X-Message-Number: 5202
Date: Fri, 17 Nov 1995 15:59:38 +0100 (MET)
From: Eugene Leitl <>
Subject: damage assessment/uploading

On Thu, 16 Nov 1995 16:17:56 MST Richard Schroeppel wrote:
> There are various heroic techniques for examining a few atoms
> of a surface in a vacuum; these are probably unsuitable for
> our needs, since they don't look at enough material, and we're
> not ready to use atomic level data anyway.

Atomic force microscopy can image at arbitrary resolution. 
One _can_ image at molecular resolution, though. Data 
aquisiton rates are sufficient if scan is parallel.

> One possibility would be to develop a good method of slicing
> a block of frozen tissue without melting the surface we are

Cryotomes are available. They will artefact, though. Simply
fragmenting vitrified tissue could be straightforward. Joe
Strout thinks cutting will not damage overmuch, though.

> trying to examine.  The top millimeter or so could be examined
> with an ordinary microscope.  Obvious candidates are lasers,

One can abrade either by vacuum sublimation or UV (eg. excimer
laser or any other luminant source). Both abrasions are 
complementary considering water ice and organics (membranes,
proteins). Short pulses are preferable. Vacuum cycling might
become necessary.

> sharp knives, and corrosives; whether they could produce an
> interpretable surface is questionable, but worth looking into.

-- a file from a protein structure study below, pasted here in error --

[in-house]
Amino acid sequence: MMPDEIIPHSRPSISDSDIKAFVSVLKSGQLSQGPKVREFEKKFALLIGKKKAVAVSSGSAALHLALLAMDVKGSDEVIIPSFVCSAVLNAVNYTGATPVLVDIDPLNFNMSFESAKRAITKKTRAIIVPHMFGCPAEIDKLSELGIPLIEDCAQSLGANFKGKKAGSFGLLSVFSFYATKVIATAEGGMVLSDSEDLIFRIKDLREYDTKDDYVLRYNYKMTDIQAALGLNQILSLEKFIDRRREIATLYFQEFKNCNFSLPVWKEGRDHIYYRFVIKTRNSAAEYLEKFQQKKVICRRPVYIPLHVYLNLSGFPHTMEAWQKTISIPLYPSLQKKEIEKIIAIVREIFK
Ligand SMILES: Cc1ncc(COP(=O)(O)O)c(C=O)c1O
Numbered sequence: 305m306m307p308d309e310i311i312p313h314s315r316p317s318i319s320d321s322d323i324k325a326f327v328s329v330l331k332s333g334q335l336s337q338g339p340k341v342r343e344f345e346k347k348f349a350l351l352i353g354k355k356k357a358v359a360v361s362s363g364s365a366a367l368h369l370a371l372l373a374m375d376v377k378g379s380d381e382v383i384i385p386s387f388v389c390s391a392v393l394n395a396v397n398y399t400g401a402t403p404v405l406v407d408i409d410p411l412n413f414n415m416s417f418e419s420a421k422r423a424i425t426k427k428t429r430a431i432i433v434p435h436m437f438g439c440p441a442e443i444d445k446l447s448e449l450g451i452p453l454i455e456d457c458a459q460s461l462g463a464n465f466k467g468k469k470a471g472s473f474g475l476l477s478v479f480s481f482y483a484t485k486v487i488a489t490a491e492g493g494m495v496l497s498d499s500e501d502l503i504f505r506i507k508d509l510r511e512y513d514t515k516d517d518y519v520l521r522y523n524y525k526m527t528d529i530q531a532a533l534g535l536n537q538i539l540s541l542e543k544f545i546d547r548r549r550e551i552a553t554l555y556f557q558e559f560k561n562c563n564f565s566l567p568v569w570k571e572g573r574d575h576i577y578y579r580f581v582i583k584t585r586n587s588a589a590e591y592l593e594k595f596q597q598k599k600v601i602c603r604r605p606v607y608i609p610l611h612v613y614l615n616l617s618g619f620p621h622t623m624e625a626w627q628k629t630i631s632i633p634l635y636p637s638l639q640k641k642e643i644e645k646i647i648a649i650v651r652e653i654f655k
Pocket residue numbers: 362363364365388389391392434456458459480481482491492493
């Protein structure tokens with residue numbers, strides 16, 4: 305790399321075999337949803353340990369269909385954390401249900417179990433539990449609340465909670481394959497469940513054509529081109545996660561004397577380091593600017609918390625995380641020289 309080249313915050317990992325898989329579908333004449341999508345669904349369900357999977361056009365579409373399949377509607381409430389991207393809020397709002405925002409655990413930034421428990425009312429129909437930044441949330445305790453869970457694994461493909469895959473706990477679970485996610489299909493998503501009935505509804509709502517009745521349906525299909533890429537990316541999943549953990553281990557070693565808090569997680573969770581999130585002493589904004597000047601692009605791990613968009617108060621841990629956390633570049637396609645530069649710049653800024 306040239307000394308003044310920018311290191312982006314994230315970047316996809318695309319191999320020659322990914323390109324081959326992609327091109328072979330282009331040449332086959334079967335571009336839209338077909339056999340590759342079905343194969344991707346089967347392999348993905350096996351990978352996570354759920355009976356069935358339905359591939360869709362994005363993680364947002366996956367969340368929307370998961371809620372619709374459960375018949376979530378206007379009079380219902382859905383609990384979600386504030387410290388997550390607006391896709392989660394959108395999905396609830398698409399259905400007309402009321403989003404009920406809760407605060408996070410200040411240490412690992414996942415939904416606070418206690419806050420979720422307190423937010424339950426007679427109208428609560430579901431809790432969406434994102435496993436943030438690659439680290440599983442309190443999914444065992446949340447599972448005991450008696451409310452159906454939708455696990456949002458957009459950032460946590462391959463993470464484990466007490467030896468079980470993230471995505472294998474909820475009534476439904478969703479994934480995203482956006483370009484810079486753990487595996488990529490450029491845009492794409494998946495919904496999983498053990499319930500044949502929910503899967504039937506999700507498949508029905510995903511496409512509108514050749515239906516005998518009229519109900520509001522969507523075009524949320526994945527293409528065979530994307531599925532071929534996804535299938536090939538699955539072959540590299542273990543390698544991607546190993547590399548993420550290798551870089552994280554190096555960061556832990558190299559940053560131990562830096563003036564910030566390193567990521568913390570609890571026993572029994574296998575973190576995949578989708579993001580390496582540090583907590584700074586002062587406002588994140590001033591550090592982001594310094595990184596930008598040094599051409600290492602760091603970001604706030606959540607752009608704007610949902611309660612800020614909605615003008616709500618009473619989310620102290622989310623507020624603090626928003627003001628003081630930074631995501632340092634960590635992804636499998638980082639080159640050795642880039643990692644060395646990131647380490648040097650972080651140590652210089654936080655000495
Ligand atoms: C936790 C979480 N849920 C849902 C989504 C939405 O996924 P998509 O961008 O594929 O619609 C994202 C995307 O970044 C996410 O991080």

> We might also see what techniques have been used by other
> scientists who were reluctant to thaw their subjects - ice-man,
> mammoths, ice-cores.

Nobody has ever imaged tissue at such resolutions. EM sure
has sufficient resolution but cannot image anything other
than thin processed sliced. Joe Strout is the capacity to
ask such questions.

> Another possibility would be to prestain the test animal (before
> freezing) - as an example, if we knew that fluorescein didn't enter
> cells, we could give the animal fluorescein, and see what the
> distribution looked like after the freezing protocol.  Conceivably
> this could be combined with NMR to develop high resolution data.

Again, NMR is unsuitable for really small voxels. NMR microscopy
is limited to tiny specimens and voxel sizes of many microns.
Staining, particularly immuno contrast stain is certainly a
good thought. However, it must be applied upon nonfrozen tissue,
hence processing time is limited.

> An outside shot would be to look for a sequence of fluid substitutions
> that preserved tissue & cell structure.  It's already been mentioned
> that ice dissolves readily in methanol.  The problem to be overcome
> is to find a sequence of substitutions that leaves some tissue to
> examine.

Ice will melt in MeOH, however your cells will too. Organic solvents
do ugly things to lipid membranes. Fluid substitutions and
and conservation are mutex.


Brad Templeton wrote on Thu, 16 Nov 1995 21:52:33 GMT: 
> I wonder if mind uploading would reduce the likelihood of revival of
> cryonics patients.

It depends on what you mean by "revival". I think uploading
will become available much sooner than strong nanotech 
which is required for resurrection uploading. Those who had not
specified "resurrection" explicitly might awaken as uploaders ;)

If strong nanotech is nonviable _resurrection is impossible_.

> Imagine that mind uploading becomes possible prior to nanotechnology.
> (I know some people think nano is the technology that would allow the scan
> but we don't really know much about this.)

Any nanotech whatever is unnecessary for the pure scan and storage.
Interim processing and the uploader hardware will need weak nanotech,